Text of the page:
The philosophy — In wine there is truth, let the wines speak for itself — brought three families separated by distance but united by a common dream for wine making together to form an Indo- Italian venture that gave birth to the Indian wine label, Fratelli Wines. Fratelli, which in Italian means ‘brother’, is formed by the Secci brothers from Italy, the Sekhri brothers from Delhi and the Mohite-Patils from Akluj. And together they gave shape to their dreams of wine making, rooted in Italian tradition and cultivated on Indian terrains. Kapil Sekhri, co- promoter and director of the brand, tells DNA about this journey he embarked on.
Do you believe Indians are drinking enough wine?
Well, compared to other countries, India’s consumption is quite low. However, between 1998 and 1999, we had noticed a steady growth and around 2002, the increase was about 20% to 25%. Globalisation in the past few years has exposed India to various foreign cultures, which has also led to the influx of different kinds of international wines in the country. That, paired with wine education and awareness efforts, has really assisted in the growth of wine consumption of India.
How was the experience of setting up a vineyard in India?
Since agriculture is a closed industry in India it has been kind of a hassle. The first step was getting permission from the Indian government to set up a vineyard, next was buying the land, after which came cleaning the land. And since optimum care has to be taken of the soil to make it suitable for grape cultivation, we had to ensure that the soil was tended to and watered as required. Also as grape is determined largely by terroir (French term for the combination of climate, soil type and typography), extensive tests had to be carried out to study the region’s climate and soil type to ensure that the land was suitable to grow the 13 varieties of grape samplings, all imported from France.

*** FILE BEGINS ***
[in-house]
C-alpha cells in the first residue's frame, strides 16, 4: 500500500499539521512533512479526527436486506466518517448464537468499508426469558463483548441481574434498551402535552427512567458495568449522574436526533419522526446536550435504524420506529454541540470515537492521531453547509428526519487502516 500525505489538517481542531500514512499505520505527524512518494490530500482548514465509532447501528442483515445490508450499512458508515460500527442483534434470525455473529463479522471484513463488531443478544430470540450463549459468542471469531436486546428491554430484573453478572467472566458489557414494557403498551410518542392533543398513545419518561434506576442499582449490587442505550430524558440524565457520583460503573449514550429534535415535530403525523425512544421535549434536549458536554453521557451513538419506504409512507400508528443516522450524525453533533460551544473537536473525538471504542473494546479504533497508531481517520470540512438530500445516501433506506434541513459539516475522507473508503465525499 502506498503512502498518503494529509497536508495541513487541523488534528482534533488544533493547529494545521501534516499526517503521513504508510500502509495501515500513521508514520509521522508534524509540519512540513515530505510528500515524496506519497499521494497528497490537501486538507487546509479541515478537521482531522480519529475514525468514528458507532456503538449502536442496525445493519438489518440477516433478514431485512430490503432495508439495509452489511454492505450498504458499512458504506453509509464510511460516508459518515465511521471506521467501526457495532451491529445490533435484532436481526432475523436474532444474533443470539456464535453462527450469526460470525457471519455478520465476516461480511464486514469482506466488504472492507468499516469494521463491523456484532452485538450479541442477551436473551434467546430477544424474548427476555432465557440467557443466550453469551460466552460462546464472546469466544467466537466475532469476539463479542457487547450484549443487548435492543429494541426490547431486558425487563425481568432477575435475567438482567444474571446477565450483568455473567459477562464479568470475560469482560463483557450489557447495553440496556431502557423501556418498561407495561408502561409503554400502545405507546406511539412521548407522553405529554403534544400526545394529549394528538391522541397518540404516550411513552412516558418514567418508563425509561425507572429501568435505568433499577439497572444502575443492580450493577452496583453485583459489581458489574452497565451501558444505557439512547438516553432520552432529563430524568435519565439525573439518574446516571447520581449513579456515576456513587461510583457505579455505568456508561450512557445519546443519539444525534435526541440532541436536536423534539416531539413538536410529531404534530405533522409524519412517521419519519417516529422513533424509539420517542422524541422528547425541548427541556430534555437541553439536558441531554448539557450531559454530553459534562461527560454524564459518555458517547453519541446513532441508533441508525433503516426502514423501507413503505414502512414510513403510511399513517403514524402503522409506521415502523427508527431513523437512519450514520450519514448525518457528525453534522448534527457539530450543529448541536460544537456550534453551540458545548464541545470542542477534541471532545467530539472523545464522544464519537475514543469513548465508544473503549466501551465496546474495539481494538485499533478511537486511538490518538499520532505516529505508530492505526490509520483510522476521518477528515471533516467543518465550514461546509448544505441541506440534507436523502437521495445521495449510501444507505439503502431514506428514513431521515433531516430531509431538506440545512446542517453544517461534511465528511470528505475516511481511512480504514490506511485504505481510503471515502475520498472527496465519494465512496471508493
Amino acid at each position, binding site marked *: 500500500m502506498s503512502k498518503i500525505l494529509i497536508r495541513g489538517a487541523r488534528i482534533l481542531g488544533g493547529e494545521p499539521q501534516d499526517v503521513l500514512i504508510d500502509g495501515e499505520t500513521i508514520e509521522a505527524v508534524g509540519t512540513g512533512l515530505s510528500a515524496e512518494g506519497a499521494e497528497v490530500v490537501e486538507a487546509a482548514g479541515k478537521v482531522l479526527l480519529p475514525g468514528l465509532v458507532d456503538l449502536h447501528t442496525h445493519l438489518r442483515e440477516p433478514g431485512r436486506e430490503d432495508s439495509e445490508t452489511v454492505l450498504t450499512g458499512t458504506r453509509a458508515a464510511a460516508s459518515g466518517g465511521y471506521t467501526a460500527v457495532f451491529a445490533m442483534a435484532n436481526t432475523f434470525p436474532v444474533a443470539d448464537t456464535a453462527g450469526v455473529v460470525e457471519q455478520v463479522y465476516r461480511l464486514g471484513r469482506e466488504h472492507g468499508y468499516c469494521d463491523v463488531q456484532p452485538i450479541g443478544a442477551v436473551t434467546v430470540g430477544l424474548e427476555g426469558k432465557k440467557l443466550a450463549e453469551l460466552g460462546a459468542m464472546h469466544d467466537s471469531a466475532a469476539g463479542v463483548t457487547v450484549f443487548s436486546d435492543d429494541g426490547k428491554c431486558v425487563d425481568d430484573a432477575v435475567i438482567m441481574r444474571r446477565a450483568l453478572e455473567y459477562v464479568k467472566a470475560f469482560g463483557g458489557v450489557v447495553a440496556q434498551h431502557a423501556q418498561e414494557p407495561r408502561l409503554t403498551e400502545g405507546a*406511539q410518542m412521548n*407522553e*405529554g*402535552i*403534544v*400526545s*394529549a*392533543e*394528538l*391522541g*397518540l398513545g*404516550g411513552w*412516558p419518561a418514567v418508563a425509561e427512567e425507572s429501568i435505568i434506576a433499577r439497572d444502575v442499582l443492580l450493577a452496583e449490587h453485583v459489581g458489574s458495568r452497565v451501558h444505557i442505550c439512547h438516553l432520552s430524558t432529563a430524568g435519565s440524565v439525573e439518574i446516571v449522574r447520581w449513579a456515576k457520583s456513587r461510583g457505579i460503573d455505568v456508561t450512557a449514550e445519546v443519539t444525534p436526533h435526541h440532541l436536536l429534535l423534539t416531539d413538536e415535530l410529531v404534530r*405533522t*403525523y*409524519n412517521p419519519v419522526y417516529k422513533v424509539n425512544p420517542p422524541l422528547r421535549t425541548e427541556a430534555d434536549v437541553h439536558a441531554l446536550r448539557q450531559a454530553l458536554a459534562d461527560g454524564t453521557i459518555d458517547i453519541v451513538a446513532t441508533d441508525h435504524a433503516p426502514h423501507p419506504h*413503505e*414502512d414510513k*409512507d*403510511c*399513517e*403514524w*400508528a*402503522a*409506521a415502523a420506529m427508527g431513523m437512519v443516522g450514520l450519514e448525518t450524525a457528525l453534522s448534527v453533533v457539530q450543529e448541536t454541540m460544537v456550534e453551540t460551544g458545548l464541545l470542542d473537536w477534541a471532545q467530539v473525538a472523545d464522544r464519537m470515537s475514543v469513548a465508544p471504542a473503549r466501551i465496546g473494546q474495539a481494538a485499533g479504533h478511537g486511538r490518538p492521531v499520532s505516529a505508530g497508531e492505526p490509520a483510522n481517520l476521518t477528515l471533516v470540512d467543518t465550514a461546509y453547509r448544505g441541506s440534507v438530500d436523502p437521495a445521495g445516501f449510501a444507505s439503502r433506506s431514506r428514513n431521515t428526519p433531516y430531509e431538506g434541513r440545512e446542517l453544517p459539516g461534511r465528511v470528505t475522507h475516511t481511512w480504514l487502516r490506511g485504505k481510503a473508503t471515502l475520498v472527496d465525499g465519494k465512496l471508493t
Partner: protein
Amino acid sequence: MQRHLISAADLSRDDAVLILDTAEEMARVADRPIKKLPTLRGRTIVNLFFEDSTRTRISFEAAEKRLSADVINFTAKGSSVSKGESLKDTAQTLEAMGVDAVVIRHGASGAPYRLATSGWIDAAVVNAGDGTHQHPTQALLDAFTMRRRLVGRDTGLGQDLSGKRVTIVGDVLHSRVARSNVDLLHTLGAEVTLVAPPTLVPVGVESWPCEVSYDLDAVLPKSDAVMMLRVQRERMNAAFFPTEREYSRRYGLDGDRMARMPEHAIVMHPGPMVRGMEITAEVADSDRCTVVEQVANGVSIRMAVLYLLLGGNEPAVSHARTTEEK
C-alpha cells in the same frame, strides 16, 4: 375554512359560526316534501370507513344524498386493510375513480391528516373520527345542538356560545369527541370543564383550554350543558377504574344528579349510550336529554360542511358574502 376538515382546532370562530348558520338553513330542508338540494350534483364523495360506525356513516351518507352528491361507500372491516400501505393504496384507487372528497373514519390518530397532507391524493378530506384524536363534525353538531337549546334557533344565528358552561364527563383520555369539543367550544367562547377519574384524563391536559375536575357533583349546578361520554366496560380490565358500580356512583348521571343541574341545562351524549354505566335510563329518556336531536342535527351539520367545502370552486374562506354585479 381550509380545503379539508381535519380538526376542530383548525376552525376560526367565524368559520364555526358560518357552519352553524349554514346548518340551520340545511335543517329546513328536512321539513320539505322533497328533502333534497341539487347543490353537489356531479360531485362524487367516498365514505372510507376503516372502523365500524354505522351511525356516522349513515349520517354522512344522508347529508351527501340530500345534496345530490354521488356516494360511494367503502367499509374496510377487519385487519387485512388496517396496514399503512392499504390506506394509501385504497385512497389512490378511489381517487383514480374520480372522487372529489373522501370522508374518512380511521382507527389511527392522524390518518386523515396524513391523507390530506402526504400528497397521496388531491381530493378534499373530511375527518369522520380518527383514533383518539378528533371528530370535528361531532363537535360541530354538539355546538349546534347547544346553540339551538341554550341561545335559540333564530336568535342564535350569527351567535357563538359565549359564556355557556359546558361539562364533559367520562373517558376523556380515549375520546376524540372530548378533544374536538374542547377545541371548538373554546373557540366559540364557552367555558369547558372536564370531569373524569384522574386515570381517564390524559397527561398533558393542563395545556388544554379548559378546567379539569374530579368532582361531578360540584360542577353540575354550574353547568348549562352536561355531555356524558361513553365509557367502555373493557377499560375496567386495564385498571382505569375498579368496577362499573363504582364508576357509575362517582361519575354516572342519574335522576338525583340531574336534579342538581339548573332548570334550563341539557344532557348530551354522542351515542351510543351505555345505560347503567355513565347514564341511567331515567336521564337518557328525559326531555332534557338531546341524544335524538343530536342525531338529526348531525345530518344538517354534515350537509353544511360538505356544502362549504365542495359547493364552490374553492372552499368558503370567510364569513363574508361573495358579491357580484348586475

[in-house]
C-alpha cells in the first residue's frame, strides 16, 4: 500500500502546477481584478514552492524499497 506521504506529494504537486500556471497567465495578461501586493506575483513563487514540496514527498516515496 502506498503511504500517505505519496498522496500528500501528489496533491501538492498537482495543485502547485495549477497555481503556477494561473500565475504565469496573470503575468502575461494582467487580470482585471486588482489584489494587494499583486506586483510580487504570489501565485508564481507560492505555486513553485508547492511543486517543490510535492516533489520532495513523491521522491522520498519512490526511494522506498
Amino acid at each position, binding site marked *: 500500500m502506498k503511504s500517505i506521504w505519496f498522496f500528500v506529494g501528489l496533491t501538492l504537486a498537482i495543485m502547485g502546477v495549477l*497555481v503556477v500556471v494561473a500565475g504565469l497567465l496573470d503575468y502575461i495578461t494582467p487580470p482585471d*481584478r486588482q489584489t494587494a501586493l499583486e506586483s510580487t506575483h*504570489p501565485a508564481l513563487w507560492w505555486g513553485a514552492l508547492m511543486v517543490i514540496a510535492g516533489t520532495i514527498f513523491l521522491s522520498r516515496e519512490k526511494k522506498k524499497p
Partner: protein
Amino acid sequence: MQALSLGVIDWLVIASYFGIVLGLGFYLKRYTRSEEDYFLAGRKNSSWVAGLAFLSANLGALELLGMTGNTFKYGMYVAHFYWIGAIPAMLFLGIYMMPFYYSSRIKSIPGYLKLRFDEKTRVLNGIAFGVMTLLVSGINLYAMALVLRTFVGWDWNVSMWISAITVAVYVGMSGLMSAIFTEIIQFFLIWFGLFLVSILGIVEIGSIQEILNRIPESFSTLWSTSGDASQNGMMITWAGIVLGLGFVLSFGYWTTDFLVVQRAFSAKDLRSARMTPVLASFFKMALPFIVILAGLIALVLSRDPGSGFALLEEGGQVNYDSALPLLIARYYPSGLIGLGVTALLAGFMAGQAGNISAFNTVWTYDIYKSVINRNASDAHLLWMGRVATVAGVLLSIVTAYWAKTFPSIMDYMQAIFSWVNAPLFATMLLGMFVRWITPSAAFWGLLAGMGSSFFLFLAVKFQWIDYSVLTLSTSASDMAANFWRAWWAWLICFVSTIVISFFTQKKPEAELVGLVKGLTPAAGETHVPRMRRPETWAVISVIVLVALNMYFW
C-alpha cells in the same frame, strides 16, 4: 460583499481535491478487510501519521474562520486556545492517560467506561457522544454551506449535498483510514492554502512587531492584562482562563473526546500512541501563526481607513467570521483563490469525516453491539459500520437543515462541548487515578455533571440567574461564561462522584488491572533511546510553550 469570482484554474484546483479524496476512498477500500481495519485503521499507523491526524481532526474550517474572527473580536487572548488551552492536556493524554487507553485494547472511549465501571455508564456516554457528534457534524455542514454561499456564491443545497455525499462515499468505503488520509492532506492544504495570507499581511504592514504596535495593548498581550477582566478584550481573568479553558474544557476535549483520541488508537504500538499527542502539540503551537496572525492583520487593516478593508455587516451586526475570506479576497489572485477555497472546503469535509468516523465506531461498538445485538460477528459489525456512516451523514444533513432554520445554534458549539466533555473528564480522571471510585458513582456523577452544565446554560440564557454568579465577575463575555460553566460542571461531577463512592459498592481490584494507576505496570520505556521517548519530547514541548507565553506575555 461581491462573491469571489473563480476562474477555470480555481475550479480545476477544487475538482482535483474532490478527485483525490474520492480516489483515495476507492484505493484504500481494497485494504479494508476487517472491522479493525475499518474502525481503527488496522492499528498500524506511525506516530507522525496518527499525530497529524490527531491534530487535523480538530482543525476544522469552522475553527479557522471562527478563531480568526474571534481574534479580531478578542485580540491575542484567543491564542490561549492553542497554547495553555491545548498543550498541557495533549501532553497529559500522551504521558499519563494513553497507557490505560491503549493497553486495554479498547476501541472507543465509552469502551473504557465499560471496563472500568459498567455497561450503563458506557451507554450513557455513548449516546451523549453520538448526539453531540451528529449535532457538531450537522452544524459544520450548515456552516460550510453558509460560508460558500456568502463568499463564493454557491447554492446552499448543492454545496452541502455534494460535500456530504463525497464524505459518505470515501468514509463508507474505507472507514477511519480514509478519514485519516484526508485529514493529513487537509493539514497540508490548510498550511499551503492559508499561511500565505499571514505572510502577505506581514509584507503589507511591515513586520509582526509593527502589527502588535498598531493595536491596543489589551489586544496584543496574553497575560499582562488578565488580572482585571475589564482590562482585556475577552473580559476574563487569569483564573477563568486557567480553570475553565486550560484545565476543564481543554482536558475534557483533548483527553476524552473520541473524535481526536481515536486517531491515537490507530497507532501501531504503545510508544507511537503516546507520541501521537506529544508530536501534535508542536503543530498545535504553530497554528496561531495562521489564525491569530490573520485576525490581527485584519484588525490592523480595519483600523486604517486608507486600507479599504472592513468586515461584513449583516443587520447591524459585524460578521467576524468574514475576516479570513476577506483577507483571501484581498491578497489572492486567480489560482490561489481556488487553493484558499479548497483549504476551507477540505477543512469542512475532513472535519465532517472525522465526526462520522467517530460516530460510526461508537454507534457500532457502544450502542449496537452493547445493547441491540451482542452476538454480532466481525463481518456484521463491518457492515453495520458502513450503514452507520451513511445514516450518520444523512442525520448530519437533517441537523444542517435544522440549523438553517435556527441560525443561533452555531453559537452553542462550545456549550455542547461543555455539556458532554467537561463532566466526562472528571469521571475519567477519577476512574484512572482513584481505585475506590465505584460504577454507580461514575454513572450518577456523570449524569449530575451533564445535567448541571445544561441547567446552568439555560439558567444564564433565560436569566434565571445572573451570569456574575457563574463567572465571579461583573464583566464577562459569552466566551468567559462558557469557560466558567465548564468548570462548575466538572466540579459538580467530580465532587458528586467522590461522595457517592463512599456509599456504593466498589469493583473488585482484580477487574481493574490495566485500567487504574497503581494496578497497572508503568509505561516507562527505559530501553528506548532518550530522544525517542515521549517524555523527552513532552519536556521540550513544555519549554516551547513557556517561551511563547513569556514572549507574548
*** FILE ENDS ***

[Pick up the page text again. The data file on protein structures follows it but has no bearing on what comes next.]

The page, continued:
What kind of challenges did you face during the creation of the label?
As this was a completely new concept for the farmers, they had no prior knowledge, and therefore it was really hard for them to master the art of growing the grapes. It did take them awhile to grasp the technical concept behind growing the saplings. But master wine maker from Tuscany, Piero Masi, provided all the expertise and that really helped.
Do you think wine tourism in India is a possibility in the near future?
For sure. Wine tourism will catch on in India like every other kind of tourism. As more people try exploring Indian vineyards, the more it will gain popularity.
Your journey began 12 years ago, thanks to a holiday with your friends at Tuscany. What has been your best experience so far?
I would have to say that the best experience so far has been to see the first sapling grow into a plant. I remember that day so clearly; I was so excited that I took a photo of it on my phone and sent to my mother, my brother and the others immediately!
Tell us about your wines?
We have four types of white and eight kinds of red wines. Of these, I would have to say that the most popular wine is the Classic Chenin followed by the Chardonnay. Both of these are white and of the reds, the Sangiovese is a quick selling one too.